True, it is much lower for those with free health care at home; I used a variety of countries to come up with the average (e.g Turkey, India, Brazil and several others) – the US and many non-western European countries pushed the figures higher.
Glad you pointed this out though, certainly a great deal for those in the countries you mentioned – excellent incentive to get travel insurance if travelers from those countries are on the fence 🙂
Well, if nothing is covered when I’m drunk – what’s the point?? 🙂
Whenever we travel to the USA (we’re from Europe), we ALWAYS get travel and health insurance. You don’t need a high IQ to figure out why. We are quite aware what can not be claimed and just really have it for the major incidents. We are strong proponents of getting travel insurance because the very first time we did get one, a parent died a few days before our departure. 90% of our costs were reimbursed by our insurance.
Thanks for sharing Michael, any particular insurance company you go with?
Let’s hope the birds don’t attack you on your next trip!!
This is a touch topic for sure. Some other things to be aware of is where your home country is and what the rules are there for credible continuous coverage. In America – continuous coverage is important. Plus – do consider that if you go on a trip and you come back with a parasite – you might not get covered in your home country after your trip is over since it’s a preexisting condition. Lots of nuances. My best advice it talk to a specialist who really knows insurance in your country, get educated – then go out and research options.
Interesting point about the parasites actually – reading through the fine print is so tedious, it’s easy to get tripped up. Wish basic things like insurance and taxes didn’t require the help of professionals to be understood…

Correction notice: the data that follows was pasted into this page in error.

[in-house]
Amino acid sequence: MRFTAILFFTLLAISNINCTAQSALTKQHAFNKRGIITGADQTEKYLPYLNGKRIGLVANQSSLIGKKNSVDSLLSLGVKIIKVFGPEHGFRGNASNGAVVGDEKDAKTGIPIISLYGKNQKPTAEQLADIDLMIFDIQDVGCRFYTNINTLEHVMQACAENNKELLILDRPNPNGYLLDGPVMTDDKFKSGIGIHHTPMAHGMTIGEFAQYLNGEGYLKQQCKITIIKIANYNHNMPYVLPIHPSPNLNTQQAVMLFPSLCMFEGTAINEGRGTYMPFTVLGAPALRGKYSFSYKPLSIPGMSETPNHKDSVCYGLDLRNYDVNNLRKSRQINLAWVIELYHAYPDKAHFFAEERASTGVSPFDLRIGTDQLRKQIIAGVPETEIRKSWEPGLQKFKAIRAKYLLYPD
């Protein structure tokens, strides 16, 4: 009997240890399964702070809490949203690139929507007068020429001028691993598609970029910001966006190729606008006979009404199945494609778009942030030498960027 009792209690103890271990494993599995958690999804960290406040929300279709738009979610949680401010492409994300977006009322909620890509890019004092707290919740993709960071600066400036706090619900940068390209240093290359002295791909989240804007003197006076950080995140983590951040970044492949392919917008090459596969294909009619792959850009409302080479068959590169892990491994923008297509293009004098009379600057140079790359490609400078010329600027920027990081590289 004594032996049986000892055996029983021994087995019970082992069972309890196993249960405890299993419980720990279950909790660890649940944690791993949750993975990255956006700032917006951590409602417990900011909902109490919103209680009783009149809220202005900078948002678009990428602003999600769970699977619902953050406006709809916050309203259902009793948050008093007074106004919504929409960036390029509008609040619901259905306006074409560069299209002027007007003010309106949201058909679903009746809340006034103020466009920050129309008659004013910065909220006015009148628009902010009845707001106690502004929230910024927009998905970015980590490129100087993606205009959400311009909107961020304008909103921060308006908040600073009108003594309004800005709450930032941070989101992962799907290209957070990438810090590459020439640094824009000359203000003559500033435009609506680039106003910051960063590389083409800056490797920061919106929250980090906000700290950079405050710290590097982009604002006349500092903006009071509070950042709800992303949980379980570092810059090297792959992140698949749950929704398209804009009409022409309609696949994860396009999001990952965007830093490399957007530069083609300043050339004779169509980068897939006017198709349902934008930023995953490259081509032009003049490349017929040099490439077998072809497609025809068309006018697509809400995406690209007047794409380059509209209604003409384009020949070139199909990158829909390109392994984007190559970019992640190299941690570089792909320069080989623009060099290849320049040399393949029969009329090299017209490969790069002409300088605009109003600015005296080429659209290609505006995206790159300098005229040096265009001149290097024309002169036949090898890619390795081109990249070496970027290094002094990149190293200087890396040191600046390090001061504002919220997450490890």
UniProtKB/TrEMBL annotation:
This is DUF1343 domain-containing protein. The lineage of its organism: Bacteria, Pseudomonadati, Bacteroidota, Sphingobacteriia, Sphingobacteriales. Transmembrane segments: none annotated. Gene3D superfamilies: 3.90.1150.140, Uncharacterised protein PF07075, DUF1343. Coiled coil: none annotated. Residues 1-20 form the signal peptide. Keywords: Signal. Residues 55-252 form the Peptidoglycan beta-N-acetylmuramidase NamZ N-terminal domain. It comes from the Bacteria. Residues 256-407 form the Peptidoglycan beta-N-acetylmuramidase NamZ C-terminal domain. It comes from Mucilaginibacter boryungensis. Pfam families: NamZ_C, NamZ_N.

haha “every single policy has wording against you being stupid; be sure to check the exact definition.”
and what if i’m too stupid to remember to read it? just kidding. thanks for the informative post. i avoided this but i actually learned something.
That’s what the insurance companies count on, that we’re too
stupidlazy to read the fine print 🙂
If you ask me, people saying “it’s a waste of time” are complete idiots…here are some things you just can’t predict or avoid. I’ve been traveling abroad for about 5 years now, nothing happened to me so far (hope I keep it this way), but I still get my insurance when I leave the country.
Every travel situation and traveler is different but not having to use it doesn’t mean it’s not good to have. A lot like health insurance 🙂
Great post as travel insurance is an essential part of traveling.
Couple of other pointers:
– understand the activities that are covered. A number of policies EXCLUDE various adventure activities that are considered “normal” on a backpacking trip such as parachuting or even skiing (skiing is a tricky one as most policies exclude “off piste skiing”)
– you get what you pay for. Check the actual value of the cover, rather than the cost of the insurance. A $1 a day policy may cover a minor accident, but the costs of evacuation and major trauma – sorry, you’ve hit your limit.
– know where you’re traveling as you can save significant costs if you exclude North America from your policy
Very good advice Kim, thank you – especially the first point which I think many people may not know or think to check about.
What if you can’t affird the initial medical and you are sick in a foreign place?
Do you mean if you don’t have insurance?